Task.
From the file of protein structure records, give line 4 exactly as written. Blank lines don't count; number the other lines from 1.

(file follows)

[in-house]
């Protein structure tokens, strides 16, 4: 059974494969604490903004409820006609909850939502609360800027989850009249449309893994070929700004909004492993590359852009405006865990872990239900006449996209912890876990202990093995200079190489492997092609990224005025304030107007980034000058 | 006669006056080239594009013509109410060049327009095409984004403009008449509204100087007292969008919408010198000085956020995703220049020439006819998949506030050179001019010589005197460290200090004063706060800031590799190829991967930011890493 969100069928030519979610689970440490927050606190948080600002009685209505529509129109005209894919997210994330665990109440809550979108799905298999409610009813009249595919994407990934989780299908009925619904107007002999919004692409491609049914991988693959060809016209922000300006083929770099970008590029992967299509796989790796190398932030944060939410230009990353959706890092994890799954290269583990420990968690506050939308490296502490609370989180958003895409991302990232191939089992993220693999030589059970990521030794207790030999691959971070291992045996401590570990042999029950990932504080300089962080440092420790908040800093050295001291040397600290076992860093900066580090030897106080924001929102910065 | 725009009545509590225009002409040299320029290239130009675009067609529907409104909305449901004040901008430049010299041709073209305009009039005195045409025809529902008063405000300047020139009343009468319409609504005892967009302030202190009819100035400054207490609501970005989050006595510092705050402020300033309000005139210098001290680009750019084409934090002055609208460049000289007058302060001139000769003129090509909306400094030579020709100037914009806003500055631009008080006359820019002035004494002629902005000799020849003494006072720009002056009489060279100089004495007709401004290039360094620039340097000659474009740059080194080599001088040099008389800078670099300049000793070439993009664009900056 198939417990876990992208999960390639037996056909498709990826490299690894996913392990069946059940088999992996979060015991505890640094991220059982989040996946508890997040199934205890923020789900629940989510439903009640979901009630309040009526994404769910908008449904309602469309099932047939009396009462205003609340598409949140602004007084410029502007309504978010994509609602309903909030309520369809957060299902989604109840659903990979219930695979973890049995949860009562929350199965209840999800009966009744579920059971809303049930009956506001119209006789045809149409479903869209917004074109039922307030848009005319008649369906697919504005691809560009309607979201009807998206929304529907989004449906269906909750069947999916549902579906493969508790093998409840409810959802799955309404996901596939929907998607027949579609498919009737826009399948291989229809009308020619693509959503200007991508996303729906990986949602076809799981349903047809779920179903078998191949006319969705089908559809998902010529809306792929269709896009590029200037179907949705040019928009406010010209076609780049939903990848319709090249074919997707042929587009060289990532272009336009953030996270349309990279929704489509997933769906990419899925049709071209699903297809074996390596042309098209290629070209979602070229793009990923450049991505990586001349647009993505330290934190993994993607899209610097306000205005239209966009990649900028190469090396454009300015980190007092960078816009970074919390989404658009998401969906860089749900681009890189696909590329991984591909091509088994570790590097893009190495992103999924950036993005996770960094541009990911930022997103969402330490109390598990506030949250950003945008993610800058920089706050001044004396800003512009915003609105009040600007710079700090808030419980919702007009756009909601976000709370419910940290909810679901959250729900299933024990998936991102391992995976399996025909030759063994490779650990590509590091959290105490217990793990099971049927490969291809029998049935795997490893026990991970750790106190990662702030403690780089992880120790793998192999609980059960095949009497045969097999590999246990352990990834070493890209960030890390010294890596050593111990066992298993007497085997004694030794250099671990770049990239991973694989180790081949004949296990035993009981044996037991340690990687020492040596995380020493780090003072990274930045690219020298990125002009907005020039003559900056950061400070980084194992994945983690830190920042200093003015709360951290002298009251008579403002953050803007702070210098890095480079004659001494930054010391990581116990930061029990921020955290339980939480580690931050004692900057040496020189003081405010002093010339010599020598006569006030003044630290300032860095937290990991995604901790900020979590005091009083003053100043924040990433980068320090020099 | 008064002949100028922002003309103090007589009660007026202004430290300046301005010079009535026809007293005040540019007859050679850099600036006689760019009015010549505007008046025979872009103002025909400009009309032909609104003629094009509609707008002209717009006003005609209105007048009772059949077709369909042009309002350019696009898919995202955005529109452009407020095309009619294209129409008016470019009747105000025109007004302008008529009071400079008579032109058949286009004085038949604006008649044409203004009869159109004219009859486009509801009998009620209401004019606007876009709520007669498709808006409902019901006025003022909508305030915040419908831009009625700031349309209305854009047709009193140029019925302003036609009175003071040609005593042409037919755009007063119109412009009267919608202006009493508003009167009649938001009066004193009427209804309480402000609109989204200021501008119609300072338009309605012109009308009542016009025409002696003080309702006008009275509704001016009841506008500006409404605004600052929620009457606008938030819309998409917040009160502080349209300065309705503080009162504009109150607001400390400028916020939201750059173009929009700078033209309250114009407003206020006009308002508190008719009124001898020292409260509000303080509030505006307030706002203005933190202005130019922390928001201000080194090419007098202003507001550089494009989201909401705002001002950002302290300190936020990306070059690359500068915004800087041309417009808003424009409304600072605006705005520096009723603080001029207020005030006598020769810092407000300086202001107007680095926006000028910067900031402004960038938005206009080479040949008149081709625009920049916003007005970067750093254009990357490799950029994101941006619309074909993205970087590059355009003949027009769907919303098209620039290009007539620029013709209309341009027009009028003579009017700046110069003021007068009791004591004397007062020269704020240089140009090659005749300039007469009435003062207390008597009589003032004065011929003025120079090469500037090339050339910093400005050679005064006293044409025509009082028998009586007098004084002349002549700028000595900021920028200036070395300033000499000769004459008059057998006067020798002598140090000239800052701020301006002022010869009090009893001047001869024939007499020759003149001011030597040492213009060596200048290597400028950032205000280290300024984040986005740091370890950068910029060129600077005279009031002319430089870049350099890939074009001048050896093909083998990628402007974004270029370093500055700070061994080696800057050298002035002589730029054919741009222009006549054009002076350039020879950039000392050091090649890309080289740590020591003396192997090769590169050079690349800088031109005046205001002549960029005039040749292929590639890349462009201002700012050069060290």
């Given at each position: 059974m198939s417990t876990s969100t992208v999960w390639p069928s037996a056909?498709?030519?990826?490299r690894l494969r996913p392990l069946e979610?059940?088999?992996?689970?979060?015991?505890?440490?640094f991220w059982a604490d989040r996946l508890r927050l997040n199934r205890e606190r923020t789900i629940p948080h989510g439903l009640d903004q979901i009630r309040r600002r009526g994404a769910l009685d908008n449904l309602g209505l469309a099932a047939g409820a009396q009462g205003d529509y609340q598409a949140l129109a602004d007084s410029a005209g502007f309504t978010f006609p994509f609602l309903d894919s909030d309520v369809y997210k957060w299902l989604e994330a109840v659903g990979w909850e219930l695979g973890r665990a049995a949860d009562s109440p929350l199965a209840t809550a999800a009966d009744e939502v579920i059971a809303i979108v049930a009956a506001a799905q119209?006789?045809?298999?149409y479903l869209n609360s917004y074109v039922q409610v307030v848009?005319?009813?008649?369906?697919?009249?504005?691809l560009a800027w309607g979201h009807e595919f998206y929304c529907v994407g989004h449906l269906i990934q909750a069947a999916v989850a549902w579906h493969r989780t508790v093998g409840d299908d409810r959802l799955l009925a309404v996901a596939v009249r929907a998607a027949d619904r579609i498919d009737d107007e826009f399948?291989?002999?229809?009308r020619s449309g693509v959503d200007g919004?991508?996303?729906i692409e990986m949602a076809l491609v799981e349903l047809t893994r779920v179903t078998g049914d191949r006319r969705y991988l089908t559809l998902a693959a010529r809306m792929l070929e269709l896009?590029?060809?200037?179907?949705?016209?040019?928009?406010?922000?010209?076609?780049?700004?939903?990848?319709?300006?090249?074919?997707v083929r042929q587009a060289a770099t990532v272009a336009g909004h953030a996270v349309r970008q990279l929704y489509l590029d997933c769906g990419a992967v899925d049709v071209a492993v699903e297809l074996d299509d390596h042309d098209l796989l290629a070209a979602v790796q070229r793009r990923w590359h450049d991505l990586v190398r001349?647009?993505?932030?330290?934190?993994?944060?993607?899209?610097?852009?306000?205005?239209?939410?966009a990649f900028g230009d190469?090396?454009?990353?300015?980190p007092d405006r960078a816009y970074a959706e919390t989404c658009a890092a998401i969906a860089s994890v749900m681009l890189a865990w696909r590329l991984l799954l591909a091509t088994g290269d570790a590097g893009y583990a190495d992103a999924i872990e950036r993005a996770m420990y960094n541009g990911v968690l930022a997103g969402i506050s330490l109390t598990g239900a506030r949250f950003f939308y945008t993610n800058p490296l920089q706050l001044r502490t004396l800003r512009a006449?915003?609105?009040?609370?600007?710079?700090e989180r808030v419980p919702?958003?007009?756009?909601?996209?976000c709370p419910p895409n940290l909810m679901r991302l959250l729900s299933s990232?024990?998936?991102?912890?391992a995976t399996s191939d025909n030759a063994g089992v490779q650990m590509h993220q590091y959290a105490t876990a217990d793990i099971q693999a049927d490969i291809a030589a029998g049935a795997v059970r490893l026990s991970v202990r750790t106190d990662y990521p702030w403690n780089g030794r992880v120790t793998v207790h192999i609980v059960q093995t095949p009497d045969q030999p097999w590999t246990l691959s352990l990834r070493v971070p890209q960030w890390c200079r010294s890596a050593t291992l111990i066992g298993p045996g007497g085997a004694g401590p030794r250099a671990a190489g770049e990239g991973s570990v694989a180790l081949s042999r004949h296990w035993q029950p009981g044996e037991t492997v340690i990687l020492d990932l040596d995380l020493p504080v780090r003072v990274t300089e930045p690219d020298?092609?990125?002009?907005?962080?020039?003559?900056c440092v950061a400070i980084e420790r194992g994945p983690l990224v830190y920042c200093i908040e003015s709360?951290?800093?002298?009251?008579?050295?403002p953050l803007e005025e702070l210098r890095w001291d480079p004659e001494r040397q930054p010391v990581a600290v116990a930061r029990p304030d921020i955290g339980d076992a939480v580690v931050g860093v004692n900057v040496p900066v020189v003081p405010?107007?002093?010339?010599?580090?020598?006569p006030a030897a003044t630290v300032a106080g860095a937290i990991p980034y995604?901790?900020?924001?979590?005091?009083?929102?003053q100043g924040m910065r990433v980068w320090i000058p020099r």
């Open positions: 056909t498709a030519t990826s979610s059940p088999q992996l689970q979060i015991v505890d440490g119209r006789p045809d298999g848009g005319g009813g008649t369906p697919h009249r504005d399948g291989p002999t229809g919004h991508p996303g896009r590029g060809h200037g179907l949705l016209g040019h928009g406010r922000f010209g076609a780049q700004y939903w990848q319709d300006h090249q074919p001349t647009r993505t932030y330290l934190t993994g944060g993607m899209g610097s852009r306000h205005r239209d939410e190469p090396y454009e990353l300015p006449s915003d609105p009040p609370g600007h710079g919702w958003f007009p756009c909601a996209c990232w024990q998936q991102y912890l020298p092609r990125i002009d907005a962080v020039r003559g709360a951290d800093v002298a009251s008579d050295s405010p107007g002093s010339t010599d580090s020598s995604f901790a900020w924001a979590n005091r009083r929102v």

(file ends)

């Open positions: 056909t498709a030519t990826s979610s059940p088999q992996l689970q979060i015991v505890d440490g119209r006789p045809d298999g848009g005319g009813g008649t369906p697919h009249r504005d399948g291989p002999t229809g919004h991508p996303g896009r590029g060809h200037g179907l949705l016209g040019h928009g406010r922000f010209g076609a780049q700004y939903w990848q319709d300006h090249q074919p001349t647009r993505t932030y330290l934190t993994g944060g993607m899209g610097s852009r306000h205005r239209d939410e190469p090396y454009e990353l300015p006449s915003d609105p009040p609370g600007h710079g919702w958003f007009p756009c909601a996209c990232w024990q998936q991102y912890l020298p092609r990125i002009d907005a962080v020039r003559g709360a951290d800093v002298a009251s008579d050295s405010p107007g002093s010339t010599d580090s020598s995604f901790a900020w924001a979590n005091r009083r929102v």